The ideacreation phase of this work and the writing of the first version of the manuscript were funded through the Center for Advanced Mathematics for Energy Research Applications (CAMERA), which is jointly funded by the Advanced Scientific Computing Research (ASCR) and Basic Energy Sciences (BES) within the Department of Energy’s Office of Science, under Contract No. DEAC0205CH11231. Further development of the kernel designs and testing was supported by the Laboratory Directed Research and Development Program of Lawrence Berkeley National Laboratory under U.S. Department of Energy Contract No. DEAC0205CH11231. This work was further supported by the Regional and Global Model Analysis Program of the Office of Biological and Environmental Research in the Department of Energy Office of Science under contract number DEAC0205CH11231. This document was prepared as an account of work sponsored by the United States Government. While this document is believed to contain the correct information, neither the United States Government nor any agency thereof, nor the Regents of the University of California, nor any of their employees, makes any warranty, express or implied, or assumes any legal responsibility for the accuracy, completeness, or usefulness of any information, apparatus, product, or process disclosed, or represents that its use would not infringe privately owned rights. Reference herein to any specific commercial product, process, or service by its trade name, trademark, manufacturer, or otherwise, does not necessarily constitute or imply its endorsement, recommendation, or favoring by the United States Government or any agency thereof, or the Regents of the University of California. The views and opinions of the authors expressed herein do not necessarily state or reflect those of the United States Government or any agency thereof or the Regents of the University of California. This research used resources of the National Energy Research Scientific Computing Center (NERSC), a U.S. Department of Energy Office of Science User Facility located at Lawrence Berkeley National Laboratory, operated under Contract No. DEAC0205CH11231 using NERSC award m4055ERCAP0020612. The authors thank Jeffrey Donatelli from Lawrence Berkeley National Laboratory for reviewing the manuscript.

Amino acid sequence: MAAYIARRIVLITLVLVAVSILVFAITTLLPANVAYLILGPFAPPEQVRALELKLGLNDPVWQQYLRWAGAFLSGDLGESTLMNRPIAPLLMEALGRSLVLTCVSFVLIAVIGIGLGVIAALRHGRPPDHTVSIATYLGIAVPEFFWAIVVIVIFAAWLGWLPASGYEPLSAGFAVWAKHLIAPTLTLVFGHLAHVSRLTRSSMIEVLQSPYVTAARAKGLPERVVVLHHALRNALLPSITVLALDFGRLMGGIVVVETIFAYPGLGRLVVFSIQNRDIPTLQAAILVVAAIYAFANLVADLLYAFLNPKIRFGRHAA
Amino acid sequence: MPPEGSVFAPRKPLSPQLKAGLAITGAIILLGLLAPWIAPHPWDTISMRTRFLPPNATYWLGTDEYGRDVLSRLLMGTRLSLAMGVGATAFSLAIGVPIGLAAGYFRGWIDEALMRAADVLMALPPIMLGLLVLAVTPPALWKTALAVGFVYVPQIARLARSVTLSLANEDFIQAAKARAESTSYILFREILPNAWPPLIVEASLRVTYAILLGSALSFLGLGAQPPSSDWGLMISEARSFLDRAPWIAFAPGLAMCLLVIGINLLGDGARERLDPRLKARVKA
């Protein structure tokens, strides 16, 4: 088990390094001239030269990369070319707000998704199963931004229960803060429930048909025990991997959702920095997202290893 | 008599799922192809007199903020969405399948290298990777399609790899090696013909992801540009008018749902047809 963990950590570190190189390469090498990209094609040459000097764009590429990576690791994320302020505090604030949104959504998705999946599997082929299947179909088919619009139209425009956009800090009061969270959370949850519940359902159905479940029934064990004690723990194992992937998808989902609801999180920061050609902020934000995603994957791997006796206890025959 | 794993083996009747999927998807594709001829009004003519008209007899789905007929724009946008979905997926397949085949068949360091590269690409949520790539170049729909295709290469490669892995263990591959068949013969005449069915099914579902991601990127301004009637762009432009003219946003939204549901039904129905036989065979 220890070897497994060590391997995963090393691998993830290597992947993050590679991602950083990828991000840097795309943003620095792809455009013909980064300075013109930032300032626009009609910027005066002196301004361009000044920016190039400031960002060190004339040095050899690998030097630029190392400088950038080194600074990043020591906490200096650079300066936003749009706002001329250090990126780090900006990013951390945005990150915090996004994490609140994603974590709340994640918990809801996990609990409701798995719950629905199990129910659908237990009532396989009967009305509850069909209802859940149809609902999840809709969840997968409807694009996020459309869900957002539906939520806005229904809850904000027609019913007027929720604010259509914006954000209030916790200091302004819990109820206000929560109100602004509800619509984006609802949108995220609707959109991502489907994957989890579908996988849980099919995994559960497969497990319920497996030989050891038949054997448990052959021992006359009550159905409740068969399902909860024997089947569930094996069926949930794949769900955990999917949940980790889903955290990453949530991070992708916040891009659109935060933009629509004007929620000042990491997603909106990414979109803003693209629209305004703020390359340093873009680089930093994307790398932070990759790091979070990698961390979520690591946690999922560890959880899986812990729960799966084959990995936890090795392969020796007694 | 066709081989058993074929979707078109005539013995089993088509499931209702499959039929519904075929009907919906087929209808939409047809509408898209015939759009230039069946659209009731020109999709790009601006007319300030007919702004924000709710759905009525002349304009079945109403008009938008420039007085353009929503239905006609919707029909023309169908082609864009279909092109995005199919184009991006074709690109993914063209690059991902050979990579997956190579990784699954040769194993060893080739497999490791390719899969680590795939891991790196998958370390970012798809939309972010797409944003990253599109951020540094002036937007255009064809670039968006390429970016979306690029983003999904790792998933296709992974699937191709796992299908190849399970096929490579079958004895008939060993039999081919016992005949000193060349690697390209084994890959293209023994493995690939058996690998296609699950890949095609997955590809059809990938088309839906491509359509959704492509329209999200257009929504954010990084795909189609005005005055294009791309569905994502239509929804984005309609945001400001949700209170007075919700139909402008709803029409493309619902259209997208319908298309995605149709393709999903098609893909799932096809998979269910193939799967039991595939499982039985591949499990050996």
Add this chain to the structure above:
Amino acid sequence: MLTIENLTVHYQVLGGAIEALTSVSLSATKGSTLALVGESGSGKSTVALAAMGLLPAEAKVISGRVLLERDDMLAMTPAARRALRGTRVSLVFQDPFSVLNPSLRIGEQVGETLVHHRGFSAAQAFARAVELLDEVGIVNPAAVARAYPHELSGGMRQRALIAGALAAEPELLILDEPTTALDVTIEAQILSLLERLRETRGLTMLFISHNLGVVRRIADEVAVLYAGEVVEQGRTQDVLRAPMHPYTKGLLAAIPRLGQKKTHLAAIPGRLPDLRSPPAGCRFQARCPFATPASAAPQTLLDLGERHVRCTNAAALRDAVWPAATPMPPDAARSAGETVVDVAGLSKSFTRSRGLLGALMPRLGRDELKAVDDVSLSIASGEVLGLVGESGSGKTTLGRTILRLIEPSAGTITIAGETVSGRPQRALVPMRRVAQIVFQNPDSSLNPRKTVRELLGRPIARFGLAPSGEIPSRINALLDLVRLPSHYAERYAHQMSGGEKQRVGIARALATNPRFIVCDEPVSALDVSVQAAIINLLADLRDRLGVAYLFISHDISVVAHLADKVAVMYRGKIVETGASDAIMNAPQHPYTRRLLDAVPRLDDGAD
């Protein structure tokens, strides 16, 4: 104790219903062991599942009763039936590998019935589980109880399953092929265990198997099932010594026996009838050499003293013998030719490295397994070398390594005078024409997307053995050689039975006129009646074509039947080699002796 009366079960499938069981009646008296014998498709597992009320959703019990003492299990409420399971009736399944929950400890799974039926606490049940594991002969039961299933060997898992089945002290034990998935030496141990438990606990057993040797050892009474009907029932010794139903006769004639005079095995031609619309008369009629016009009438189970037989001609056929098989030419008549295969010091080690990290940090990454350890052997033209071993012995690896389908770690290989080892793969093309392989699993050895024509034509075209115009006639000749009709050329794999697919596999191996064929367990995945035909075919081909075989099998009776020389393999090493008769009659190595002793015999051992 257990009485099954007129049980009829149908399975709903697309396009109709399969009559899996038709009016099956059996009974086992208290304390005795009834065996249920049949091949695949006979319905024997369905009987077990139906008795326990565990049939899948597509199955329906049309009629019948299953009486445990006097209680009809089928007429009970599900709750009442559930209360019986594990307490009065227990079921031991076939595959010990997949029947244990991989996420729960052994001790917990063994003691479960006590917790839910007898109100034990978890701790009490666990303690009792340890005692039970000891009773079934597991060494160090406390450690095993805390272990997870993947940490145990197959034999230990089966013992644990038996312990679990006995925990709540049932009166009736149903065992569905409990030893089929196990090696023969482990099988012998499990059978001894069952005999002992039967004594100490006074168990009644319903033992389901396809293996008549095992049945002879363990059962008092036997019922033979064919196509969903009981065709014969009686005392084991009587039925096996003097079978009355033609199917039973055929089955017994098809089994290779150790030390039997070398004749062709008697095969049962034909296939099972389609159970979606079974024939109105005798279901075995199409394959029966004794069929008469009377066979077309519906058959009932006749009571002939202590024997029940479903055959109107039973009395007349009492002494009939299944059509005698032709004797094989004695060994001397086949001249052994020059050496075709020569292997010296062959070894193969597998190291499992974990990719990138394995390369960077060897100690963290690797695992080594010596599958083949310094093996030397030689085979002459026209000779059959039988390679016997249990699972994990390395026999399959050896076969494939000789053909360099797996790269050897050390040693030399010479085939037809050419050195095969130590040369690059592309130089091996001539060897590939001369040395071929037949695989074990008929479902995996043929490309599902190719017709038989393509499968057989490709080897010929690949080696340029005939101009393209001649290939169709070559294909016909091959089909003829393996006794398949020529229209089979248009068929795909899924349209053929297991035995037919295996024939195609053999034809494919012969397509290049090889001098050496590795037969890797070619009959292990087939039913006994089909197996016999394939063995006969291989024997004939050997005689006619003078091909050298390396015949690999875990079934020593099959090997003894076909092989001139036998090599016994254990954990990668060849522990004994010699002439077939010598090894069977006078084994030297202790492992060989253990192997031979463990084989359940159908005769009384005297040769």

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M.M.N. had the initial idea motivated by discussions with the whole team, derived the mathematics for the kernels with help from M.D.R. and K.G.R., implemented the code with help from H.K., and wrote the first draft of the manuscript. M.D.R. revised the statistical parts of this work and the manuscript. K.G.R. checked and corrected the mathematical derivations. H.K. devised the technical components of the HPC implementation. The whole team revised the manuscript.
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Noack, M.M., Krishnan, H., Risser, M.D. et al. Exact Gaussian processes for massive datasets via nonstationary sparsitydiscovering kernels. Sci Rep 13, 3155 (2023). https://doi.org/10.1038/s41598023300628
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DOI: https://doi.org/10.1038/s41598023300628